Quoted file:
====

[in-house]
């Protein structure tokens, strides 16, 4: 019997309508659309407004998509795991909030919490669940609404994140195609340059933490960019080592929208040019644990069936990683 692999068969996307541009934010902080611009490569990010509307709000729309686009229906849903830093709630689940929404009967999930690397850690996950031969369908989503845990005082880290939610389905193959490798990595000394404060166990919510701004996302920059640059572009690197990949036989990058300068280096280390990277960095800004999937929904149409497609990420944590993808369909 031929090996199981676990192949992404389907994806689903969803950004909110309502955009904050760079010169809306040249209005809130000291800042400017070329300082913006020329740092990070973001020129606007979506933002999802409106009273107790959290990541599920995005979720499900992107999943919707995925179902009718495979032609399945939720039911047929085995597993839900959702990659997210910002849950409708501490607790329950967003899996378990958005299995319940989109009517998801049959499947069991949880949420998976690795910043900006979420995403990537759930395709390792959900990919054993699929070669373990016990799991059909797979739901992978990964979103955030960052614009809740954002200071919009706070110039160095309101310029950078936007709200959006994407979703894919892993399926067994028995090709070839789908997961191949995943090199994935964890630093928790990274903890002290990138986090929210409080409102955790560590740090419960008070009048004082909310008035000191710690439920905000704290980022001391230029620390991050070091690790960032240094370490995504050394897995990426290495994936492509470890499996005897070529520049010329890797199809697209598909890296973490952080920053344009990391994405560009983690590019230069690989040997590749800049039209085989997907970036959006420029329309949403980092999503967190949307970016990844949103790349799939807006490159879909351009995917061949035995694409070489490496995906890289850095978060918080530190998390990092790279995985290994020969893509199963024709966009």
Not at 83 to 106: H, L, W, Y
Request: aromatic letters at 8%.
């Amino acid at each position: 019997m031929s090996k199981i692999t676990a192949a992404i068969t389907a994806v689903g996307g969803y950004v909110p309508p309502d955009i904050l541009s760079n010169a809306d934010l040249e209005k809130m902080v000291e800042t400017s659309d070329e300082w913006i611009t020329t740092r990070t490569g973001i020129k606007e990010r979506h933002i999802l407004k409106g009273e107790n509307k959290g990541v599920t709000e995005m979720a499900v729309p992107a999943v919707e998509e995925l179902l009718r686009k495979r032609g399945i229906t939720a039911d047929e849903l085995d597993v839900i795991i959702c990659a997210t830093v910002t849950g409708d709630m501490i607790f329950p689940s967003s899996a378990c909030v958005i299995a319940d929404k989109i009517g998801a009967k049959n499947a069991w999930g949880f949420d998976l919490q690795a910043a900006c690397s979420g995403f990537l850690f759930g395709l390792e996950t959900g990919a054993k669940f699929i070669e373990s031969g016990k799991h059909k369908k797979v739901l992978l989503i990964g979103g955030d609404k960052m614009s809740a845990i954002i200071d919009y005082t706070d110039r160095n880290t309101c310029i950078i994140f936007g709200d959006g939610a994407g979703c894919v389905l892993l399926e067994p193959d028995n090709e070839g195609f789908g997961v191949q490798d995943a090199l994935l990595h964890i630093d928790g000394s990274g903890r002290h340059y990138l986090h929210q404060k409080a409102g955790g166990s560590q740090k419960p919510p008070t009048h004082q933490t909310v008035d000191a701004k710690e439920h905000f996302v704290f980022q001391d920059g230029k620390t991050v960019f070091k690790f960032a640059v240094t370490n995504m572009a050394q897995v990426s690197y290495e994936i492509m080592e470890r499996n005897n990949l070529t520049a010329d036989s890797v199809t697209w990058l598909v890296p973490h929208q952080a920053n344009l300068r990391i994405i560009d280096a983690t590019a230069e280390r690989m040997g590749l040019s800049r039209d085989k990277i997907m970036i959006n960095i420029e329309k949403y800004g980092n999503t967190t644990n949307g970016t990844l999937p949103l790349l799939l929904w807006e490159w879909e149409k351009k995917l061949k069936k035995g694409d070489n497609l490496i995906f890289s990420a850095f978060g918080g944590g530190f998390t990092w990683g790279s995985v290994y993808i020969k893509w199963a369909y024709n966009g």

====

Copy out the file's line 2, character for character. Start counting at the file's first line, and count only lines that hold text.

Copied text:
């Protein structure tokens, strides 16, 4: 019997309508659309407004998509795991909030919490669940609404994140195609340059933490960019080592929208040019644990069936990683 692999068969996307541009934010902080611009490569990010509307709000729309686009229906849903830093709630689940929404009967999930690397850690996950031969369908989503845990005082880290939610389905193959490798990595000394404060166990919510701004996302920059640059572009690197990949036989990058300068280096280390990277960095800004999937929904149409497609990420944590993808369909 031929090996199981676990192949992404389907994806689903969803950004909110309502955009904050760079010169809306040249209005809130000291800042400017070329300082913006020329740092990070973001020129606007979506933002999802409106009273107790959290990541599920995005979720499900992107999943919707995925179902009718495979032609399945939720039911047929085995597993839900959702990659997210910002849950409708501490607790329950967003899996378990958005299995319940989109009517998801049959499947069991949880949420998976690795910043900006979420995403990537759930395709390792959900990919054993699929070669373990016990799991059909797979739901992978990964979103955030960052614009809740954002200071919009706070110039160095309101310029950078936007709200959006994407979703894919892993399926067994028995090709070839789908997961191949995943090199994935964890630093928790990274903890002290990138986090929210409080409102955790560590740090419960008070009048004082909310008035000191710690439920905000704290980022001391230029620390991050070091690790960032240094370490995504050394897995990426290495994936492509470890499996005897070529520049010329890797199809697209598909890296973490952080920053344009990391994405560009983690590019230069690989040997590749800049039209085989997907970036959006420029329309949403980092999503967190949307970016990844949103790349799939807006490159879909351009995917061949035995694409070489490496995906890289850095978060918080530190998390990092790279995985290994020969893509199963024709966009």